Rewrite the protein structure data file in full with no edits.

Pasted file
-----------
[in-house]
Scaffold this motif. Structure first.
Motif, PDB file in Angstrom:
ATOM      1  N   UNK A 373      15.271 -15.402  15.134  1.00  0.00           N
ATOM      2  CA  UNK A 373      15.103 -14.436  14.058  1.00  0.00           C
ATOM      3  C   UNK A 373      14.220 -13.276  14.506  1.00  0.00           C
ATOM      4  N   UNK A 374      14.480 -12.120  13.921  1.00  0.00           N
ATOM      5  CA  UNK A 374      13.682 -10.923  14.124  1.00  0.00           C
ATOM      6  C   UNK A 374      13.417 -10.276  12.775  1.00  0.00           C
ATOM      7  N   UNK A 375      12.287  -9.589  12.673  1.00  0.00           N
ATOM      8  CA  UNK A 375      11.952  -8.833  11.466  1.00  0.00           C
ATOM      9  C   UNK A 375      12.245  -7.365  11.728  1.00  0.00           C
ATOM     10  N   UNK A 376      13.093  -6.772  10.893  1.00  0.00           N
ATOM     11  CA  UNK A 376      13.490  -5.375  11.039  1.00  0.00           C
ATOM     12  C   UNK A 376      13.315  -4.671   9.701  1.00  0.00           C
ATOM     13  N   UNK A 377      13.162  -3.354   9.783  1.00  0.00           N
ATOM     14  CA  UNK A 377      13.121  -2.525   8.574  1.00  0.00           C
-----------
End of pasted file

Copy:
[in-house]
Scaffold this motif. Structure first.
Motif, PDB file in Angstrom:
ATOM      1  N   UNK A 373      15.271 -15.402  15.134  1.00  0.00           N
ATOM      2  CA  UNK A 373      15.103 -14.436  14.058  1.00  0.00           C
ATOM      3  C   UNK A 373      14.220 -13.276  14.506  1.00  0.00           C
ATOM      4  N   UNK A 374      14.480 -12.120  13.921  1.00  0.00           N
ATOM      5  CA  UNK A 374      13.682 -10.923  14.124  1.00  0.00           C
ATOM      6  C   UNK A 374      13.417 -10.276  12.775  1.00  0.00           C
ATOM      7  N   UNK A 375      12.287  -9.589  12.673  1.00  0.00           N
ATOM      8  CA  UNK A 375      11.952  -8.833  11.466  1.00  0.00           C
ATOM      9  C   UNK A 375      12.245  -7.365  11.728  1.00  0.00           C
ATOM     10  N   UNK A 376      13.093  -6.772  10.893  1.00  0.00           N
ATOM     11  CA  UNK A 376      13.490  -5.375  11.039  1.00  0.00           C
ATOM     12  C   UNK A 376      13.315  -4.671   9.701  1.00  0.00           C
ATOM     13  N   UNK A 377      13.162  -3.354   9.783  1.00  0.00           N
ATOM     14  CA  UNK A 377      13.121  -2.525   8.574  1.00  0.00           C